Past Events

2000 2001 2002 2003 2004 2005 2006 2007 2008 2009 2010 2011 2012 2013 2014 2015 2016 2017 2018 2019 2020
Monday
December 11, 2000

Construction Industry Prosperity - The B.C. Liberal Perspective?

British Columbia, known for its natural beauty, abundant resources and temperate climate remains a very desirable place to live, however, numerous businesses which support the populous have opted to leave the province due to increasing challenges faced in obtaining reasonable returns on investment. The local design and construction industries are among those businesses that are struggling to maintain existence within a flat economy.

The BC Liberal Party is focussed on restoring hope and prosperity to British Columbia. They recognize that some of our optimism has been lost. Concerns regarding health care and education which are necessary to support our families are being addressed with sustainable plans, but what about attracting and maintaining businesses in B.C

Gary Farrell-Collins, MLA for Vancouver-Little Mountain is the Official Opposition House Leader and Critic for Finance. Previously he has served as critic for Social Services, Labour and Consumer Services, including WCB and Employment & Investment

In his address to the BC Construction Roundtable, Farrell-Collins will identify the economic restructuring initiatives proposed by the BC Liberal Party, in particular, those affecting the design and construction industries. Following the presentation, opportunity to exchange views and provide input for consideration directly to Farrell-Collins will be conducted in forum style.


Thursday
November 23, 2000

Simon Fraser University: A Place to Live!

Simon Fraser University, through the Burnaby Mountain Community Corporation, is proposing a complete new community on approximately 200 acres of land surrounding the Burnaby Campus. When completed, this community will offer up to 4500 homes, along with new shops, services, schools, parks and other amenities. The university is committed to developing a more sustainable community, which will be integrated with the campus facilities.

Based on an official community plan and zoning bylaw approved in 1996, there is a development potential for up to 4.75 million square feet of residential and/or commercial development. This is in addition to potential university expansion of a further 2.75 million square feet.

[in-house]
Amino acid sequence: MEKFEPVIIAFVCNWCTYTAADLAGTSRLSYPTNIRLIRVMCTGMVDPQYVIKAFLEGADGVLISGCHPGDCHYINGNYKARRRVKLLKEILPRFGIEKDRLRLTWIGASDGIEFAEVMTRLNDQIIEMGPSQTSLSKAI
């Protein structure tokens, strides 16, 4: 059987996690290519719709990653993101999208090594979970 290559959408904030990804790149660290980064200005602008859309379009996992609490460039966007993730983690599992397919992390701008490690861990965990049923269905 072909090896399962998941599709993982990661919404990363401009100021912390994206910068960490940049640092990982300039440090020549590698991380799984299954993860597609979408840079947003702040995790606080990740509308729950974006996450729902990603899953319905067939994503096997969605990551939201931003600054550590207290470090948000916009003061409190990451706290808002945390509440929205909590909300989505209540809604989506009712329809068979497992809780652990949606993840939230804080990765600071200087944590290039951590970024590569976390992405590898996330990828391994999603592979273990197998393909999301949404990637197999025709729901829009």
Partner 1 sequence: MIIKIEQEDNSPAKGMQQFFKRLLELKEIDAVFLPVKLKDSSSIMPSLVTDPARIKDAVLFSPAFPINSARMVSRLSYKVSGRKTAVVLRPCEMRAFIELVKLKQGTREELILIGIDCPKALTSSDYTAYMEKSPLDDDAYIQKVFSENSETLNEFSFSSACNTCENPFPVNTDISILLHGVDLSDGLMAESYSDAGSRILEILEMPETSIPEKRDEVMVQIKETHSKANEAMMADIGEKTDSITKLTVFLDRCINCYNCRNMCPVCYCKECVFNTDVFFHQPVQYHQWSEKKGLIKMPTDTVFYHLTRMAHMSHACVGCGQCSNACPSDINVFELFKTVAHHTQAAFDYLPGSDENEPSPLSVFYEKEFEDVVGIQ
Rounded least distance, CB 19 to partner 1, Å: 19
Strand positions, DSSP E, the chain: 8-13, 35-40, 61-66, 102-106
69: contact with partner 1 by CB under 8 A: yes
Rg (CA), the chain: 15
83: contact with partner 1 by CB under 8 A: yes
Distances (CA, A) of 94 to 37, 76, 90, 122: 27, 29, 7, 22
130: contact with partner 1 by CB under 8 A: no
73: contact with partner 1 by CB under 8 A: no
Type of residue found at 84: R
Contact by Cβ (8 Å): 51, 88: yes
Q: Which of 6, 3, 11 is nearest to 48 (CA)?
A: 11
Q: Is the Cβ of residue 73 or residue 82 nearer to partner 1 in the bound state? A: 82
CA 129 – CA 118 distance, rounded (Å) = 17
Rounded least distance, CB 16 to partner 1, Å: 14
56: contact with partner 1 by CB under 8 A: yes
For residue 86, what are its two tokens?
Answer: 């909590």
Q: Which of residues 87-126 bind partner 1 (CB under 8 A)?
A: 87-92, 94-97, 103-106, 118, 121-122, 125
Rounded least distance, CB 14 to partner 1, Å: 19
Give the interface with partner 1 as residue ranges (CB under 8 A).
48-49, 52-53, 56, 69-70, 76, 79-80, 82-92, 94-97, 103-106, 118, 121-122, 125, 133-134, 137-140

Michael Geller is President of the Burnaby Mountain Community Corporation. Prior to joining the University last November, he was active in planning and property development throughout the lower mainland. Some of his notable projects include the redevelopment of the Westin Bayshore property, planning and approvals for the new community at Furry Creek, redevelopment of the BC Packers Lands in Steveston, Deering Island in Vancouver, and the failed Spetifore Lands proposal.

In his remarks, Geller will address the recent comments by Arthur Erickson, focusing on both the areas of agreement, and disagreement. Given the significant environmental challenges of building on a mountaintop, and the importance of SFU as an architectural landmark, this project is being watched by many!


Thursday
October 19, 2000

Structuring for Success - Team Building for RFPs

The first half of this seminar held in May, outlined how to successfully respond to an RFP. This seminar is a response to our members' request for more information on building successful project teams.

Bring your colleagues to this informative session. It is an opportunity to learn from experts in this field and also from the experiences of your associates.


Thursday
September 21, 2000

UBC Community Plan: A New Neighbourhood for an Old Institution

Start off the fall season by going back to school. Learn about the changes that are afoot at the University of British Columbia from Al Poettcker, the President and CEO of UBC Properties Trust.

The Official Community Plan (OCP) for UBC, prepared by the GVRD in consultation with UBC, was formally adopted in 1997. The growth strategy embodied in the GVRD's Livable Region Strategic Plan is the basis of the OCP. The OCP contains a land use plan, which establishes generalized land uses and densities. It includes policies and other criteria for new development in areas of the Campus, which are presently undeveloped. The OCP designates eight local areas for development, which comprise areas of significant non-institutional development and areas of some sensitivity.